It's the night of the full moon, the July supermoon. We set up our camp on the east side of the mesa, just below the remains of an old cowboy camp and do what we love....wander the mesa. R finds evidence of the cowboy camp with a piece of an old oil lamp. I finger prehistoric potshards and reverently place them back where I found them.
There's something comforting, something continuous about immersing ourselves in the story, the history of the mesa. I come to realize I am also a part of the story of the mesa, part of the huge, beating heart of this place. The land itself pours its mysteries into my bones, my blood, my very being as I walk its glorious earth, our hearts beating together, our breath becoming one.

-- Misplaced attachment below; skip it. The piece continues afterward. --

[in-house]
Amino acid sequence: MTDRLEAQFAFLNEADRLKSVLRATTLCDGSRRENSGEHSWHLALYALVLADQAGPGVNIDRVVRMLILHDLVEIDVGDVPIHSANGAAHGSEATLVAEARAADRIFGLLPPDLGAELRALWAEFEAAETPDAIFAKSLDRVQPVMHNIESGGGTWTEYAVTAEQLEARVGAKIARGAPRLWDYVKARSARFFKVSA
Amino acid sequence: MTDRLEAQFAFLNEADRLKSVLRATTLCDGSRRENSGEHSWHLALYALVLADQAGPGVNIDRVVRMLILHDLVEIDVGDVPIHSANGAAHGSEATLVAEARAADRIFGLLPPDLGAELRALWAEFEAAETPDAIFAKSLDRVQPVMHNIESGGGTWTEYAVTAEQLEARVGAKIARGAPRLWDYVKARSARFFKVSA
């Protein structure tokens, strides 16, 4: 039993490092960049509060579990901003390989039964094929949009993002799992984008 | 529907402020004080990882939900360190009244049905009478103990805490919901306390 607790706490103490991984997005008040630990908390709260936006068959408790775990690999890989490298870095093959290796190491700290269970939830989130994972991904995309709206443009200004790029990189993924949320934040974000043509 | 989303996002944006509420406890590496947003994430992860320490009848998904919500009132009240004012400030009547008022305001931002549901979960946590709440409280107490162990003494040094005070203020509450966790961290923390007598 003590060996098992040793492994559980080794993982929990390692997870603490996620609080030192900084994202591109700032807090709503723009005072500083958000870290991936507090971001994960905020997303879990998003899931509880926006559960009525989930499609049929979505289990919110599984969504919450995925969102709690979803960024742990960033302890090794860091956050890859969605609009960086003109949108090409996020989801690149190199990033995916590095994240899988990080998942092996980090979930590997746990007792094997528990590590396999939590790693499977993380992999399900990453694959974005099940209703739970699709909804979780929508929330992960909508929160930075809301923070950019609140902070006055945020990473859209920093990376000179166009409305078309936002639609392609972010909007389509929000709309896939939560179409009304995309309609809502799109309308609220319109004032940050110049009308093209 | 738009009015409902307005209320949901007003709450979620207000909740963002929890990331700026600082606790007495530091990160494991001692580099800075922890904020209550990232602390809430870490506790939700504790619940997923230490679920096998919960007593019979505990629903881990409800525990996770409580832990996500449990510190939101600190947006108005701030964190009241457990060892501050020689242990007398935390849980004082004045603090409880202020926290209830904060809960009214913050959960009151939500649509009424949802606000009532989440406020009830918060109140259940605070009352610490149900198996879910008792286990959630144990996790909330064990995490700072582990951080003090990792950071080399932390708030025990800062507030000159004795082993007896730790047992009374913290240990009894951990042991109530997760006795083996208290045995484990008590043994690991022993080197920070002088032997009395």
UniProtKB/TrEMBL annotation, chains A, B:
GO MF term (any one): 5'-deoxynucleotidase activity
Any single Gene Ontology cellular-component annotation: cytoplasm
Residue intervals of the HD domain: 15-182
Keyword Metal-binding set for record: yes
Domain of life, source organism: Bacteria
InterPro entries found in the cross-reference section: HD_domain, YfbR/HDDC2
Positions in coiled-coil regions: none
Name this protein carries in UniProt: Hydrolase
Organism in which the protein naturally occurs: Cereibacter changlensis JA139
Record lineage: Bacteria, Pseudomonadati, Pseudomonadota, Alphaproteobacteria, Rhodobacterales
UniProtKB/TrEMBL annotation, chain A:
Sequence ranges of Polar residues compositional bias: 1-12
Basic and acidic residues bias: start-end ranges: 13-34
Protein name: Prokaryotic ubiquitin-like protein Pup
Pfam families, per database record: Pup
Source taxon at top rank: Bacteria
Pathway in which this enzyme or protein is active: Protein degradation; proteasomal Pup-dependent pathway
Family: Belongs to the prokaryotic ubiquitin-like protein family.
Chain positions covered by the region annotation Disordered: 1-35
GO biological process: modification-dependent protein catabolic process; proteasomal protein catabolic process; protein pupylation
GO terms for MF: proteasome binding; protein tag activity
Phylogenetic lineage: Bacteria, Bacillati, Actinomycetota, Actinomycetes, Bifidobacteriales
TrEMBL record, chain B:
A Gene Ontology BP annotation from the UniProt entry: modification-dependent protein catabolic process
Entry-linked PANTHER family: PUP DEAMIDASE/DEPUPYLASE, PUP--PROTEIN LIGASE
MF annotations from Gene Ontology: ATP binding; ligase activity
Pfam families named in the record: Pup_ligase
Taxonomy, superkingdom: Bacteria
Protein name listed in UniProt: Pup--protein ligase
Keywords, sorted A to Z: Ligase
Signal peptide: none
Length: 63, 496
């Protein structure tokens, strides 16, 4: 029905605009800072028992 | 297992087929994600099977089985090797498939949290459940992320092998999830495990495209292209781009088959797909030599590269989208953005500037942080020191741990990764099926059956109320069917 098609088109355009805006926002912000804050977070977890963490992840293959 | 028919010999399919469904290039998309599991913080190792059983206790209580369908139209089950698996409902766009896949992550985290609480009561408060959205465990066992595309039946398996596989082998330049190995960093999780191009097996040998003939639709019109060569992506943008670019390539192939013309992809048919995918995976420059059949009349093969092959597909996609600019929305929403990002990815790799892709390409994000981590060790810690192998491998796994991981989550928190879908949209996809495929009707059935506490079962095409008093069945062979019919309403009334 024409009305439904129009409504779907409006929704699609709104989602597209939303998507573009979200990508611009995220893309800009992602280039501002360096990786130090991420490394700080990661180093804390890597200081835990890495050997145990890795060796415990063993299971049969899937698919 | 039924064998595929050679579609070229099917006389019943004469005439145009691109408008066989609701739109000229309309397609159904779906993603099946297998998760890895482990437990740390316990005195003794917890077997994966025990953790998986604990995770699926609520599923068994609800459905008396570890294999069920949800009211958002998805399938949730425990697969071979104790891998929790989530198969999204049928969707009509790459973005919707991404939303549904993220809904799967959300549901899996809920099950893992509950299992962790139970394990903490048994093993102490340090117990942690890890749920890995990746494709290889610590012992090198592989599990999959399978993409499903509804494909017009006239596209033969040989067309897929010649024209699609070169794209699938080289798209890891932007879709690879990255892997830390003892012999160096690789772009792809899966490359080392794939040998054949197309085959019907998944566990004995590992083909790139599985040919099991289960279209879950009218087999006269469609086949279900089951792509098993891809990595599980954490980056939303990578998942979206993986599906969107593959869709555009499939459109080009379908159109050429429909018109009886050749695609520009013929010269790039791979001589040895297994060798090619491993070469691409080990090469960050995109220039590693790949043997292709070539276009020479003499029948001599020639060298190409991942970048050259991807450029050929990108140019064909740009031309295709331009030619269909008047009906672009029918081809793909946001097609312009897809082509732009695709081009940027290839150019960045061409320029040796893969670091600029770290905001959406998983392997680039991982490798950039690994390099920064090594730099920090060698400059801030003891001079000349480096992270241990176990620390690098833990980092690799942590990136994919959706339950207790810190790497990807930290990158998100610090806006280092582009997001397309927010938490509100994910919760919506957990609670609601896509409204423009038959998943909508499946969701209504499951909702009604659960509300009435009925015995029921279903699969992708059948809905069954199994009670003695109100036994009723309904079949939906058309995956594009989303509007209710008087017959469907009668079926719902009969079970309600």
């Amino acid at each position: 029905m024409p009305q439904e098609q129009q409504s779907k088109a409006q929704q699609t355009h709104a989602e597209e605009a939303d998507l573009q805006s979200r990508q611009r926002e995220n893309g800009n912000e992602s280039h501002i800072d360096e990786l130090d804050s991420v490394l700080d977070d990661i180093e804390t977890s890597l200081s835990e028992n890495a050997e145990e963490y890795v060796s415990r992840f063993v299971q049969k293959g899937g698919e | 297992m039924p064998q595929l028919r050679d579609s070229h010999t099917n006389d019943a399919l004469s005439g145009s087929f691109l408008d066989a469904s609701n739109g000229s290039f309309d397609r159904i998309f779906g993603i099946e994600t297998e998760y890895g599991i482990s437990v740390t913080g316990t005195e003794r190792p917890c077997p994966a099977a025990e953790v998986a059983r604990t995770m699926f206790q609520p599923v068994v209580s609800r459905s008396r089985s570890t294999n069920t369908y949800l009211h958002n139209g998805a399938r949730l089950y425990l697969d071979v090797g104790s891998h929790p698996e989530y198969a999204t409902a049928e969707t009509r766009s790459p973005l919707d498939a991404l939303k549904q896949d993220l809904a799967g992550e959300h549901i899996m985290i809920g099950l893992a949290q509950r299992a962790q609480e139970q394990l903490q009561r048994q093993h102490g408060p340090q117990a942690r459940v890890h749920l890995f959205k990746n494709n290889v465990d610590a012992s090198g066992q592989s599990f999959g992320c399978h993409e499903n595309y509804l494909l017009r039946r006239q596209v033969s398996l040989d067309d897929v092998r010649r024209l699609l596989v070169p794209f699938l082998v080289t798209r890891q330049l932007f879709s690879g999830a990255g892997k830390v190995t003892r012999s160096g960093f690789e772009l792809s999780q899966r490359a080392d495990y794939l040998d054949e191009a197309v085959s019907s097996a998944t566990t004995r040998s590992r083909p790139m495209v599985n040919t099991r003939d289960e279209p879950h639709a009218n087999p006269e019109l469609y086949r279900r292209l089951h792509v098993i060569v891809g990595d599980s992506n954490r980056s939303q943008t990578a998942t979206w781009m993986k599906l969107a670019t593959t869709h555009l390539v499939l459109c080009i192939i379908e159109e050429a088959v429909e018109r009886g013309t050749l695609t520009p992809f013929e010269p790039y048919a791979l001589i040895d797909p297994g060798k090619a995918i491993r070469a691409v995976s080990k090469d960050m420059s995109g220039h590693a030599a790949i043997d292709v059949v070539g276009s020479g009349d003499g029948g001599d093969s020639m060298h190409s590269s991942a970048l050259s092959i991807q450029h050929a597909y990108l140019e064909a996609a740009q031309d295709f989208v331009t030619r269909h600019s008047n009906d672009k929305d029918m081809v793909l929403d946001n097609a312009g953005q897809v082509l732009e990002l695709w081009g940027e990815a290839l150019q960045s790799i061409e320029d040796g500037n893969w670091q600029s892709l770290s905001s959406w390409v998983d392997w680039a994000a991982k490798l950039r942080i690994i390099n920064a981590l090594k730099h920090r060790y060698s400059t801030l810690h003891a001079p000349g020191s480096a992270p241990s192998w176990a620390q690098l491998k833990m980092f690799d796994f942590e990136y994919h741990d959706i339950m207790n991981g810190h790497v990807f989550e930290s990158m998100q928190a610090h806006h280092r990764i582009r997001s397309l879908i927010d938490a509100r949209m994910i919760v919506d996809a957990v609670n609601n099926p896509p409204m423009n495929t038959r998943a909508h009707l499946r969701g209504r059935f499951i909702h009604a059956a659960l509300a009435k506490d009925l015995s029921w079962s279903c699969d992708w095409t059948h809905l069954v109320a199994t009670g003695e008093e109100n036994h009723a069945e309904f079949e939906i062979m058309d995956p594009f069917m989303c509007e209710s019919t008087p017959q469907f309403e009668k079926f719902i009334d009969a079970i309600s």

The mesa is a lover, caressing me with warm winds and sunsets that bring me to my knees.
The mesa is a mentor, teaching me to listen, to wonder, to learn the language of the high desert.
The mesa is my home, the place I always return to, the place my soul resides.
It began when I was watering the lawn. I dropped the hose as the water drops called to me. I found myself crawling in the grass, admiring the beauty of nature, photographing the cool, green world before me. (Yes, the neighbors do think I'm crazy. They're used to it.)